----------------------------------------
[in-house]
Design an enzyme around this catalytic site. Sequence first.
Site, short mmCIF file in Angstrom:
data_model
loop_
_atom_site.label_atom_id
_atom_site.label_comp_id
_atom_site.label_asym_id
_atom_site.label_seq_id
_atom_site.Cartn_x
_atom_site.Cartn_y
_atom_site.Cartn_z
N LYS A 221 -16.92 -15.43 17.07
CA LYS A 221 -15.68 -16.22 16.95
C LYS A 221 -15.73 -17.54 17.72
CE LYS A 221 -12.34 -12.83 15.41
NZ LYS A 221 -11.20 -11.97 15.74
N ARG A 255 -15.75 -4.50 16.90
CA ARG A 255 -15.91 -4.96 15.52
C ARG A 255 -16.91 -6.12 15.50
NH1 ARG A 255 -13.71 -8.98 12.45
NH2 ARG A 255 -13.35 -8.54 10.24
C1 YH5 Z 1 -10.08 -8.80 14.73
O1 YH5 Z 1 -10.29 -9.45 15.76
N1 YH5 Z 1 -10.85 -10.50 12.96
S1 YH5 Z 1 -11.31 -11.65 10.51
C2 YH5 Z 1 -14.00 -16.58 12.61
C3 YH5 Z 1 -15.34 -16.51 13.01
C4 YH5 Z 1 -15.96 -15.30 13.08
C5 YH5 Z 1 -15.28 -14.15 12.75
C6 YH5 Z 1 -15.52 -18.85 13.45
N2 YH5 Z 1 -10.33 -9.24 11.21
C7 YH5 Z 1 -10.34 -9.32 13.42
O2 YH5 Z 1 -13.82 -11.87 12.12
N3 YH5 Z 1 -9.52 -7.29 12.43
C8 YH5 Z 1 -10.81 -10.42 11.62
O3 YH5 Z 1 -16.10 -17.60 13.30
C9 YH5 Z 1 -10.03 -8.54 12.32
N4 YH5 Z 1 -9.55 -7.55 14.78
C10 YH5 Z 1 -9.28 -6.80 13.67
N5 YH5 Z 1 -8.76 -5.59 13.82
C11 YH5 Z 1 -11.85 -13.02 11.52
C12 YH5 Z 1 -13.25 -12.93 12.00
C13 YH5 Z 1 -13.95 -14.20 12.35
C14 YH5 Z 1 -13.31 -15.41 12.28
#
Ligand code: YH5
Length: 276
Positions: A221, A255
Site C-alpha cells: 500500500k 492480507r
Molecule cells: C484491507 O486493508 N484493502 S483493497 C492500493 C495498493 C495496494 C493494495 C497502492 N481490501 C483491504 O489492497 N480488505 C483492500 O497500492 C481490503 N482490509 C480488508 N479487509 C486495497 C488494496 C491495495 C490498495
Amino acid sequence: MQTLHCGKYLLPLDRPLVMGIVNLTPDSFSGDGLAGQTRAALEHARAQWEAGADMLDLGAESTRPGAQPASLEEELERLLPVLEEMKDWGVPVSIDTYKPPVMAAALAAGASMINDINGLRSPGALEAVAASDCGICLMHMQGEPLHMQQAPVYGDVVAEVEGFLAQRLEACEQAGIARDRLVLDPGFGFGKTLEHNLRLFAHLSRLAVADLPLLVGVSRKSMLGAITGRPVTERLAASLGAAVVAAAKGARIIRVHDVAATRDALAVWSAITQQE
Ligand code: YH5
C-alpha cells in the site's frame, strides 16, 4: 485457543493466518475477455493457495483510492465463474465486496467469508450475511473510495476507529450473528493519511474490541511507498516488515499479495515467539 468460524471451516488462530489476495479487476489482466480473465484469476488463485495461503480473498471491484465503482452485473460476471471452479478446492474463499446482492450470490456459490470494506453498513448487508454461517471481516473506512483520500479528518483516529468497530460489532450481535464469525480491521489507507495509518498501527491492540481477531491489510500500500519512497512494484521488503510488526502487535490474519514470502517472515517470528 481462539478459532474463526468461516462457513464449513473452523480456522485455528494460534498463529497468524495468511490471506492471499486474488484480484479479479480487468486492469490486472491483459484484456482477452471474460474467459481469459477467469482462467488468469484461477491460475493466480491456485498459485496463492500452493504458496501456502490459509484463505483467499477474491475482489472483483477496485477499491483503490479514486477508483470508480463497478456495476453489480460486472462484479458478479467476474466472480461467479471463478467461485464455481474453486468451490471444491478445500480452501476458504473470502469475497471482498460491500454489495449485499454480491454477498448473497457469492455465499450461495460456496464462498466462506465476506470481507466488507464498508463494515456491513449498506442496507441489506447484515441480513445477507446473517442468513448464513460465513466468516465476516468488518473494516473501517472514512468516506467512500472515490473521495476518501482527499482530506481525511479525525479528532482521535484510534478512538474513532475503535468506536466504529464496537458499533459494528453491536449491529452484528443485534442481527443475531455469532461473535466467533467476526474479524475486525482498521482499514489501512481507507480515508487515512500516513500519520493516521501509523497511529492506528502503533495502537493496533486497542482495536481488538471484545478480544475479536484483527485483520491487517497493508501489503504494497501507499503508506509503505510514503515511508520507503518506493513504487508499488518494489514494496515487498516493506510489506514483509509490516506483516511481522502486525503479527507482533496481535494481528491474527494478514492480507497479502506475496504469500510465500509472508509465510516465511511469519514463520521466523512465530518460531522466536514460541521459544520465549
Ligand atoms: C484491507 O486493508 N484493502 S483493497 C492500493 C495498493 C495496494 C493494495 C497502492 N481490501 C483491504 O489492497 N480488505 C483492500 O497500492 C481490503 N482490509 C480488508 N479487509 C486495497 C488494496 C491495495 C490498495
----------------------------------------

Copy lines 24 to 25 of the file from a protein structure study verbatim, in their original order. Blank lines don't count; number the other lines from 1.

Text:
O1 YH5 Z 1 -10.29 -9.45 15.76
N1 YH5 Z 1 -10.85 -10.50 12.96